Another topic that had been hotly debated was the renovation of the Stockade. Last year, the commission as it existed at that time had approved a $400,000 expenditure to purchase kitchen equipment to accommodate sit-down dining, and plans had been drawn up to reconfigure the building. The new commissioners this year raised objections to the plan, saying that most skiers prefer storing their equipment there while grabbing a quick lunch, and they suggested doing a survey of skiers to find out what they wanted.

At the June 22 meeting, Day and White presented the findings of that survey, which showed 50% of respondents favoring grab-and-go food service, while 40% preferred sit-down dining. As a result, they suggested revising the plan to take down a wall and move it back to create a large area for quick snacks and a smaller area with a bar to offer pub-style dining.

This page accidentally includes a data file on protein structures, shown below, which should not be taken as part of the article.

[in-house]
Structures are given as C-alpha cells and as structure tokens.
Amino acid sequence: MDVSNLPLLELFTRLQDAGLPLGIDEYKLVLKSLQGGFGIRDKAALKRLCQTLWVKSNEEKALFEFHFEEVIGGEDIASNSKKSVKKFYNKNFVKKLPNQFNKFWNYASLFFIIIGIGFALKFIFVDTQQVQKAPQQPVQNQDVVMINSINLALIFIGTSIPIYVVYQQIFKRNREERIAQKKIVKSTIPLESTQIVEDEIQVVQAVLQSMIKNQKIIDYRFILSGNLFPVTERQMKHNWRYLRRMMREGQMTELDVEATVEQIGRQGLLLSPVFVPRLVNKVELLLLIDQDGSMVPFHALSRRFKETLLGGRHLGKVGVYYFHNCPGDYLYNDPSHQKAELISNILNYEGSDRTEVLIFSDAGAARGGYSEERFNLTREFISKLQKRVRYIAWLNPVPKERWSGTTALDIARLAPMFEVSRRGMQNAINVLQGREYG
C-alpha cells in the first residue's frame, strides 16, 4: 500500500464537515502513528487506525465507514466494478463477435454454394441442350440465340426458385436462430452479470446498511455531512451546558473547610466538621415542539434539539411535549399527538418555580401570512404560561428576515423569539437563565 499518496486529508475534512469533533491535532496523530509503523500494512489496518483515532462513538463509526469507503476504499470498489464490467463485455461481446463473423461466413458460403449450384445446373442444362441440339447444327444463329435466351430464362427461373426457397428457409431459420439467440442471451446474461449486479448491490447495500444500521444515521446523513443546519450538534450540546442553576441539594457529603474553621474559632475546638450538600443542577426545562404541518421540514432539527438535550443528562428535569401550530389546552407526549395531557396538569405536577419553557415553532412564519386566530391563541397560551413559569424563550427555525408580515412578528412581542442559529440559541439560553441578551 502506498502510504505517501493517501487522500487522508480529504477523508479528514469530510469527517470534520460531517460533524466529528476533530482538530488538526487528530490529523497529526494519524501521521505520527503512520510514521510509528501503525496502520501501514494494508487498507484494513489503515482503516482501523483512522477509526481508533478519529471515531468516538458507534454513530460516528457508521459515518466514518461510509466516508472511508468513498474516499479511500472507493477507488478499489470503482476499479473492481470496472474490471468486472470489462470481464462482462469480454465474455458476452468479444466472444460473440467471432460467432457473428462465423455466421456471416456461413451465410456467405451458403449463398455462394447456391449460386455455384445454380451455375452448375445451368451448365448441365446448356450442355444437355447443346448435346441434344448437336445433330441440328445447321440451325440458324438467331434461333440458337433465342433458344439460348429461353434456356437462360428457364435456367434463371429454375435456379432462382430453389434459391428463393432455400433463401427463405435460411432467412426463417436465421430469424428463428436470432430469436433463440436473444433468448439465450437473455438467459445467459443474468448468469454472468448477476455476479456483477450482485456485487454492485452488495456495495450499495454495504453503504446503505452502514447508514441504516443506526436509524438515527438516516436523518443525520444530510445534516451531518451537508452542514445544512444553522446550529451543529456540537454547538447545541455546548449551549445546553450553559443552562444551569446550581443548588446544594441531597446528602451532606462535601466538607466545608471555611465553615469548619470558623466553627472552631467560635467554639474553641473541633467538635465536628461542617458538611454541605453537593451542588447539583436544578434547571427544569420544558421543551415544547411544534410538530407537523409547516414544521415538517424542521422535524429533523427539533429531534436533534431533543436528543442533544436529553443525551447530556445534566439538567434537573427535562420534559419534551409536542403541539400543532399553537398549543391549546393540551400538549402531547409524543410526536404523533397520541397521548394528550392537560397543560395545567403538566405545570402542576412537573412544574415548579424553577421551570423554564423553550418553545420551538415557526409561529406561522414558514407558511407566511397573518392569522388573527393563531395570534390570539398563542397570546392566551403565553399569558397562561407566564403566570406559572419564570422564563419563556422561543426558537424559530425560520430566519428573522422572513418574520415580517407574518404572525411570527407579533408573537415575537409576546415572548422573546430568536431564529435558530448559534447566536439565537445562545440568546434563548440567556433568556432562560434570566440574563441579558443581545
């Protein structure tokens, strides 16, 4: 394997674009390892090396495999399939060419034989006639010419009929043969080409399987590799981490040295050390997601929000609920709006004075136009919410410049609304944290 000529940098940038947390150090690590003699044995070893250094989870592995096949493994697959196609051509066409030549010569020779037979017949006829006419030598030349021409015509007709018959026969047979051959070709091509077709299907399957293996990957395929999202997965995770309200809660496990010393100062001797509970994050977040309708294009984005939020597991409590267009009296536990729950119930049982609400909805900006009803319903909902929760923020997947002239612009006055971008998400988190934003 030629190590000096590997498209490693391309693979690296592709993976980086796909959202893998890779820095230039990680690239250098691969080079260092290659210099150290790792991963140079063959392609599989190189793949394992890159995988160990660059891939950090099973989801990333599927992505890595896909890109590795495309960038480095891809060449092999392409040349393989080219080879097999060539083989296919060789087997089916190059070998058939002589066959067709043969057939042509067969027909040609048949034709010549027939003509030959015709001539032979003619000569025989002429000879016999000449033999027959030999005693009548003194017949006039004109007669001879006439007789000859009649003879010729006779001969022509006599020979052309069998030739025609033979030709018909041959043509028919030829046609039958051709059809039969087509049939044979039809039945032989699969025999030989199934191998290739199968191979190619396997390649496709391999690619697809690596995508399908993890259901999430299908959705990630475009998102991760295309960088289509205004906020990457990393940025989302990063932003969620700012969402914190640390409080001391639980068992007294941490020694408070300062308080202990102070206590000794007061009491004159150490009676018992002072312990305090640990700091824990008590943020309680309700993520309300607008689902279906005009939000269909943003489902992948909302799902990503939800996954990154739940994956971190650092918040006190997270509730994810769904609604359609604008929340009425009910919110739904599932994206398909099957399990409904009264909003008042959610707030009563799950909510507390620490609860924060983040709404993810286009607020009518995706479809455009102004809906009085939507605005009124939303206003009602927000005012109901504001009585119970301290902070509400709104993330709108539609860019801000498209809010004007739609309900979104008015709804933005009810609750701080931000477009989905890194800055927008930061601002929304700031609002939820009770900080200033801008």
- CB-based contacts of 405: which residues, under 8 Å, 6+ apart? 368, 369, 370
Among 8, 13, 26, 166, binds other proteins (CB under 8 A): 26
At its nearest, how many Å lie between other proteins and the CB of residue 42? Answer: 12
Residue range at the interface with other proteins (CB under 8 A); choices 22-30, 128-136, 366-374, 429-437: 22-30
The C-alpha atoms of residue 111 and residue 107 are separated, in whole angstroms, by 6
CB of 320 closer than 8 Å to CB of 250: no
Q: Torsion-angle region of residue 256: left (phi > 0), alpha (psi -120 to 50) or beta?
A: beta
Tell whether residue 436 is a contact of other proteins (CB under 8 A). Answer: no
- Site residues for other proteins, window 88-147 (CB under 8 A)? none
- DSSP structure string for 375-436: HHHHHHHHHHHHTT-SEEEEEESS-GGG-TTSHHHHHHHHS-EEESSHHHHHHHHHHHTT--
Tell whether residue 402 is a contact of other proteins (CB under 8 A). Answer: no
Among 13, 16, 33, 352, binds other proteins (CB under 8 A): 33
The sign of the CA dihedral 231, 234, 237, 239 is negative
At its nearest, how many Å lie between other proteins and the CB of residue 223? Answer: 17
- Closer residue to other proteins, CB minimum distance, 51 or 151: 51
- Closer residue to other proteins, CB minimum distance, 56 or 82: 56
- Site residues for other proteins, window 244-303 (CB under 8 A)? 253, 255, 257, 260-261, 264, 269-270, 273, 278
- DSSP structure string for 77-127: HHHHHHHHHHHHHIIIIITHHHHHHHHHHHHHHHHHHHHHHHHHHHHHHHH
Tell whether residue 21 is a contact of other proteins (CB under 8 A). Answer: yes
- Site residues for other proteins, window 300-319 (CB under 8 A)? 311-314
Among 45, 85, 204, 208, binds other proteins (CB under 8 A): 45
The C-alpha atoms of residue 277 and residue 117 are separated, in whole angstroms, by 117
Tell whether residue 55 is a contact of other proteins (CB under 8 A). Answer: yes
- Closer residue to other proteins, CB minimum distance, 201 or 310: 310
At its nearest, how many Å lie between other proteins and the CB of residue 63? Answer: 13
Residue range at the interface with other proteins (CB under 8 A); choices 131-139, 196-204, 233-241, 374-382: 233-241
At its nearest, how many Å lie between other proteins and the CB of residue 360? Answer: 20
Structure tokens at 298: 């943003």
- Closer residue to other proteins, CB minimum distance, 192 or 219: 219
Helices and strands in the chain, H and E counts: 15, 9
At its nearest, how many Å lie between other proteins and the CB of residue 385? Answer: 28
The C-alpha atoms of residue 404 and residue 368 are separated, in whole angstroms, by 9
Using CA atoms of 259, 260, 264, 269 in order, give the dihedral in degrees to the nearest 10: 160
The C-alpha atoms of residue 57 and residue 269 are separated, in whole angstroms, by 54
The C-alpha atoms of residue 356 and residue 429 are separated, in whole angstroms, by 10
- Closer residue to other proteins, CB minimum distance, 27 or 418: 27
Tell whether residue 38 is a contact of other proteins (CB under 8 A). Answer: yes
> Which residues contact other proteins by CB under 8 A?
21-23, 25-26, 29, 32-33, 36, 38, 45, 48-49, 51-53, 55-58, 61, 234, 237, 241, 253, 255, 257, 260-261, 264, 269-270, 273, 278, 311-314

The resort offers free equipment storage in the main lodge, they noted.

After reviewing the original drawings and having the managers explain how the space could be reconfigured, the commissioners unanimously agreed to ask the architect to revise the drawings. Ness said the existing budget has a $2,500 cushion that should cover that work.

New drawings are expected to be available by the July meeting.

In other business, Day provided an update on the repair and extension of the Cannonball water line, the oldest existing water line at the resort. He said they expect the work to be done in mid-July.